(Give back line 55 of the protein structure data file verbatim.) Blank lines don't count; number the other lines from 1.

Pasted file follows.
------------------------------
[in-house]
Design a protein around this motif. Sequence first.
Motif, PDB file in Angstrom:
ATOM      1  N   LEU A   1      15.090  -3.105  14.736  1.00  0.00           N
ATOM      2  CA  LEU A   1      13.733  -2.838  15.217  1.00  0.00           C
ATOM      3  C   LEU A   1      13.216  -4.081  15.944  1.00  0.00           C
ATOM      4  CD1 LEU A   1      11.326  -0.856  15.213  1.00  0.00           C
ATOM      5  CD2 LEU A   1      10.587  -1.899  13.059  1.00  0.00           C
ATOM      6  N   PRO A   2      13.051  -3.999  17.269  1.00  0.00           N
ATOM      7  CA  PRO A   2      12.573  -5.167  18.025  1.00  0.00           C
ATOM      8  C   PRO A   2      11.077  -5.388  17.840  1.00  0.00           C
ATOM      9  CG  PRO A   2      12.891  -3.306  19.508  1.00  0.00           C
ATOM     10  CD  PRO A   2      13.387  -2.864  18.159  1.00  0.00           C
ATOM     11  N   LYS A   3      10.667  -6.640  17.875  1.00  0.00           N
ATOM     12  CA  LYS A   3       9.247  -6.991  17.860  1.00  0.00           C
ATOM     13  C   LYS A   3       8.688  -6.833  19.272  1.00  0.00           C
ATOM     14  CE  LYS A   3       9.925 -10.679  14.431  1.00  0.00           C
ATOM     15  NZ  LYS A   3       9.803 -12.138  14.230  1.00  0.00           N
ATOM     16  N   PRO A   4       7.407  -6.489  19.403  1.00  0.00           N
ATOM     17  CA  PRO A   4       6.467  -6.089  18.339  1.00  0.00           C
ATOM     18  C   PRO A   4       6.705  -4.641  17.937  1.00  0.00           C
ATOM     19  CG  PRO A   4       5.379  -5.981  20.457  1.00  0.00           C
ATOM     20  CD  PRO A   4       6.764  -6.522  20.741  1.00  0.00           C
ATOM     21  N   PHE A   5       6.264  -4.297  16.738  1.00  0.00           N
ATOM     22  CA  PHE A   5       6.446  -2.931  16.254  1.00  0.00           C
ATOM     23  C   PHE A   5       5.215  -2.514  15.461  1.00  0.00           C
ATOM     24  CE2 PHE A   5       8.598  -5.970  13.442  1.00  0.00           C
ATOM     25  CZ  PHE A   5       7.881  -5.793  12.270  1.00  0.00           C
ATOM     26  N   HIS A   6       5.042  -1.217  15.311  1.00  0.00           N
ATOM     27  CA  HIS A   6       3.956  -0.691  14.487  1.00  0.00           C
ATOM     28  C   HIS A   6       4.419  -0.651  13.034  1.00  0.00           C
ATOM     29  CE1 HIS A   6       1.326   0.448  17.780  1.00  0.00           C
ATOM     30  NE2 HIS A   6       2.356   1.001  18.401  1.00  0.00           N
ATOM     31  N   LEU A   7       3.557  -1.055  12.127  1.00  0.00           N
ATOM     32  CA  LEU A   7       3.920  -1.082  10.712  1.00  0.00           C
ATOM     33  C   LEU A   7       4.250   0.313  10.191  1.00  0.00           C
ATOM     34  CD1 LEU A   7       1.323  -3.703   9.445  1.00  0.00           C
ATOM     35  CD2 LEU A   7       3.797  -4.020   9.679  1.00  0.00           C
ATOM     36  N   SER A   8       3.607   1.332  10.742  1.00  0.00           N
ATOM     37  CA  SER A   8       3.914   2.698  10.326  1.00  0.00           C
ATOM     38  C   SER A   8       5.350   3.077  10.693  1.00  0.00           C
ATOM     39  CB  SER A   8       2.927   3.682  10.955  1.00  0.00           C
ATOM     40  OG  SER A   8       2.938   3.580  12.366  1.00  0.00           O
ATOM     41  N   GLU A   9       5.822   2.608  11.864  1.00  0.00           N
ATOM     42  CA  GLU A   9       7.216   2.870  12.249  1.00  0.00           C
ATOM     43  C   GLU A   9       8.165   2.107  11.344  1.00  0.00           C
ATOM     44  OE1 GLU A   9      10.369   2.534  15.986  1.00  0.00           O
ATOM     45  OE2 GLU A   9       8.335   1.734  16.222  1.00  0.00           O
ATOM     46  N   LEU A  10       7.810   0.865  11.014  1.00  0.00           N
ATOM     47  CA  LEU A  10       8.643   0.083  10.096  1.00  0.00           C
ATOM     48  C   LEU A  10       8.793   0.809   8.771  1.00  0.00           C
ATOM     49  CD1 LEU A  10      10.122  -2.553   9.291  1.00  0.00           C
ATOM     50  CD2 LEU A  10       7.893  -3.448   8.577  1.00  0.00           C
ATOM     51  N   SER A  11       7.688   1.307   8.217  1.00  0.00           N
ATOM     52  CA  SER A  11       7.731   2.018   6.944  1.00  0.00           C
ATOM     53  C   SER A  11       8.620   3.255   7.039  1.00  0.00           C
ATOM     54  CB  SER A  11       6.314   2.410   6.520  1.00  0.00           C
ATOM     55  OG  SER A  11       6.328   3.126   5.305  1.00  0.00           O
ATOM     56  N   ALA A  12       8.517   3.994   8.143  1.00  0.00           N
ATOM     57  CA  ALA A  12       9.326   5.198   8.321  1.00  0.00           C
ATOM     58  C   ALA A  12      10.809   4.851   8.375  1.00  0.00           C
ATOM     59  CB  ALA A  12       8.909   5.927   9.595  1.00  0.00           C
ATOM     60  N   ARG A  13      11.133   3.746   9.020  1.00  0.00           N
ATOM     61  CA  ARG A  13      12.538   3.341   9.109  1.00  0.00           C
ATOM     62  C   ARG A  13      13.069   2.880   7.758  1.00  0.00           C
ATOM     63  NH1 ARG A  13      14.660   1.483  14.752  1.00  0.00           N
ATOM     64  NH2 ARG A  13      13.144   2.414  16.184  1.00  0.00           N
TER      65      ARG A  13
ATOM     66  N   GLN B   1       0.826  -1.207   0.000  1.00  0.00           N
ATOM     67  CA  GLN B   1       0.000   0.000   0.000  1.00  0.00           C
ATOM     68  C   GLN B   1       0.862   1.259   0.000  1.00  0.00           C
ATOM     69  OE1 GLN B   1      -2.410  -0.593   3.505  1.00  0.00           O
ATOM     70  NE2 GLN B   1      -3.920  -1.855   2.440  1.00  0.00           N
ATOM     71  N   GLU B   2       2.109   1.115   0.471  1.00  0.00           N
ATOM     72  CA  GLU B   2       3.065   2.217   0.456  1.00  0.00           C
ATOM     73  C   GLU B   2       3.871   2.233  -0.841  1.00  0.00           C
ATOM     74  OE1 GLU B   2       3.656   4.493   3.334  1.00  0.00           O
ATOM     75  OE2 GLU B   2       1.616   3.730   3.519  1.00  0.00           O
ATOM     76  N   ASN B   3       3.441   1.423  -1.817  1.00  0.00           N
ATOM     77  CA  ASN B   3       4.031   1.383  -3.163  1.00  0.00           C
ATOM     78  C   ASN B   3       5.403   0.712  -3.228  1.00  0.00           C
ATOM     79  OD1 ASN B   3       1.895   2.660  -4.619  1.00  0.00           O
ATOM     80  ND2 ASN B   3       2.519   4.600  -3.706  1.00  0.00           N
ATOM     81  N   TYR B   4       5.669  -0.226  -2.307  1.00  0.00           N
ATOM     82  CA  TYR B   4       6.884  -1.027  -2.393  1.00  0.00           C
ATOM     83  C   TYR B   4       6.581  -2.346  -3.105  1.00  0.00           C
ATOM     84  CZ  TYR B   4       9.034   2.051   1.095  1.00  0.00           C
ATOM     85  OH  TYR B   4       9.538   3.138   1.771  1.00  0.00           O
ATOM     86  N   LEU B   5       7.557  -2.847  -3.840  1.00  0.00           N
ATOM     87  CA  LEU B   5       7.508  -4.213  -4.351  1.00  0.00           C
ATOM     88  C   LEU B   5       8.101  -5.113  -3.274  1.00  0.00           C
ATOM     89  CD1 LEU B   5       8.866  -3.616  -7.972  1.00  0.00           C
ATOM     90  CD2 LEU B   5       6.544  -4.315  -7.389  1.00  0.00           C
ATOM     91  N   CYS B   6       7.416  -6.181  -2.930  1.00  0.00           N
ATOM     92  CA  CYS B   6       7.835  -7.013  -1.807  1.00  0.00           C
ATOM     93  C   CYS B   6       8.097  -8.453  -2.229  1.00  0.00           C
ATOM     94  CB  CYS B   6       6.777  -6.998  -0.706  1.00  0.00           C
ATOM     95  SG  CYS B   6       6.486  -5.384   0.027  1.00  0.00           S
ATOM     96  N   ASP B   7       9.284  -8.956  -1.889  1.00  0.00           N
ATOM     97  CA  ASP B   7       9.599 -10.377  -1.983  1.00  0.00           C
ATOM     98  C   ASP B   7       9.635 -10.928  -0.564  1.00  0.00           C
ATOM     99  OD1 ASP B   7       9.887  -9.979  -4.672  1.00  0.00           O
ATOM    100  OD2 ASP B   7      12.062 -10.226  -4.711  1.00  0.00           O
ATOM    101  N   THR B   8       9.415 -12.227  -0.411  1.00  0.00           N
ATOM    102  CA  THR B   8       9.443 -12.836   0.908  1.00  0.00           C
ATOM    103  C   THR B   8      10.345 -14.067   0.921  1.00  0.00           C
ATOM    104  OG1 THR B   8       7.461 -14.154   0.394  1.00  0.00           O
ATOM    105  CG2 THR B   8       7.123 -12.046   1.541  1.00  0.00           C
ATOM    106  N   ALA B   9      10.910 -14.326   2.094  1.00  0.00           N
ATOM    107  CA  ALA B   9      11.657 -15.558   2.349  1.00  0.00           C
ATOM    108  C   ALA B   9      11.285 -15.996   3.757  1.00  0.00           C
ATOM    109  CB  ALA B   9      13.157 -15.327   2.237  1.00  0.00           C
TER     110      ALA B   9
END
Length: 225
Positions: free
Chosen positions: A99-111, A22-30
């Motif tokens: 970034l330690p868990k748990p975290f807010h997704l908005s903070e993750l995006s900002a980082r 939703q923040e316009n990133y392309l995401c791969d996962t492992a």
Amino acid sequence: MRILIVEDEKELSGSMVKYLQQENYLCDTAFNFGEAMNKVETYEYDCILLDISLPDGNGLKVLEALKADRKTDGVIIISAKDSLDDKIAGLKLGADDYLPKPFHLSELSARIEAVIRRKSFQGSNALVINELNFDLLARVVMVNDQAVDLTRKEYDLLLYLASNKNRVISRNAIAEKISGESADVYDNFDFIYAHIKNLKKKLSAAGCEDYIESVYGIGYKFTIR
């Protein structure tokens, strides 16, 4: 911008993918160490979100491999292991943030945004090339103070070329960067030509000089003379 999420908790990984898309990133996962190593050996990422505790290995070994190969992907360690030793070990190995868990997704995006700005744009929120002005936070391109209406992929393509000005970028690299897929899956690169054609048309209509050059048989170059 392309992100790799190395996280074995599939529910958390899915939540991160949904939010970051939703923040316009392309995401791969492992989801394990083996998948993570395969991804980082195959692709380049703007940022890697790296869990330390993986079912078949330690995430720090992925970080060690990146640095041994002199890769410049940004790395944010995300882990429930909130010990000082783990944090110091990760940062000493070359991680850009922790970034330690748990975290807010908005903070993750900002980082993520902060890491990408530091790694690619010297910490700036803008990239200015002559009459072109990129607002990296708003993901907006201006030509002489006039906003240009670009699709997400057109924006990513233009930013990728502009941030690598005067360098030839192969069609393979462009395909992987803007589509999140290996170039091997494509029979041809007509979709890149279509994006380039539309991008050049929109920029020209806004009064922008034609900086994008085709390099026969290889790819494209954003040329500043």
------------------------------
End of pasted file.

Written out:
ATOM     52  CA  SER A  11       7.731   2.018   6.944  1.00  0.00           C